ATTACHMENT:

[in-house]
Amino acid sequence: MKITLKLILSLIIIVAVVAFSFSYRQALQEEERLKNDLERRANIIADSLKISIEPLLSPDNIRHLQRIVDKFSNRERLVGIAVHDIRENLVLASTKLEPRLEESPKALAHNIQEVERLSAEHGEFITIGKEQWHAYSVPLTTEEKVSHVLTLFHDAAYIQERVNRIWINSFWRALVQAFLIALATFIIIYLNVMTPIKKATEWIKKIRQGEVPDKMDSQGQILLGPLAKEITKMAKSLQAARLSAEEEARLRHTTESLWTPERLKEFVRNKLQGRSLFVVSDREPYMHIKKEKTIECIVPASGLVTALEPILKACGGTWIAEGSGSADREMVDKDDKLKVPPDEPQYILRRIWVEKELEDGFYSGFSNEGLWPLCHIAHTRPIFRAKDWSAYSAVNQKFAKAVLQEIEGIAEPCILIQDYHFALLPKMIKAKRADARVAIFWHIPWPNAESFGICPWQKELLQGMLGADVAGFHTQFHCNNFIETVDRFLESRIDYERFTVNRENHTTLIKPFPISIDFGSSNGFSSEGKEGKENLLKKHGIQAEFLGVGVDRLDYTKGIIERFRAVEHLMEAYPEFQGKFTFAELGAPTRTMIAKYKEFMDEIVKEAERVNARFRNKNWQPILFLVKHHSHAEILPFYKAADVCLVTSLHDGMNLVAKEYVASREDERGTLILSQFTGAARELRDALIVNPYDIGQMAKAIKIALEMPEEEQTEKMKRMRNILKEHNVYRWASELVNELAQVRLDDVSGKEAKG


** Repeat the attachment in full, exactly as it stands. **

[in-house]
Amino acid sequence: MKITLKLILSLIIIVAVVAFSFSYRQALQEEERLKNDLERRANIIADSLKISIEPLLSPDNIRHLQRIVDKFSNRERLVGIAVHDIRENLVLASTKLEPRLEESPKALAHNIQEVERLSAEHGEFITIGKEQWHAYSVPLTTEEKVSHVLTLFHDAAYIQERVNRIWINSFWRALVQAFLIALATFIIIYLNVMTPIKKATEWIKKIRQGEVPDKMDSQGQILLGPLAKEITKMAKSLQAARLSAEEEARLRHTTESLWTPERLKEFVRNKLQGRSLFVVSDREPYMHIKKEKTIECIVPASGLVTALEPILKACGGTWIAEGSGSADREMVDKDDKLKVPPDEPQYILRRIWVEKELEDGFYSGFSNEGLWPLCHIAHTRPIFRAKDWSAYSAVNQKFAKAVLQEIEGIAEPCILIQDYHFALLPKMIKAKRADARVAIFWHIPWPNAESFGICPWQKELLQGMLGADVAGFHTQFHCNNFIETVDRFLESRIDYERFTVNRENHTTLIKPFPISIDFGSSNGFSSEGKEGKENLLKKHGIQAEFLGVGVDRLDYTKGIIERFRAVEHLMEAYPEFQGKFTFAELGAPTRTMIAKYKEFMDEIVKEAERVNARFRNKNWQPILFLVKHHSHAEILPFYKAADVCLVTSLHDGMNLVAKEYVASREDERGTLILSQFTGAARELRDALIVNPYDIGQMAKAIKIALEMPEEEQTEKMKRMRNILKEHNVYRWASELVNELAQVRLDDVSGKEAKG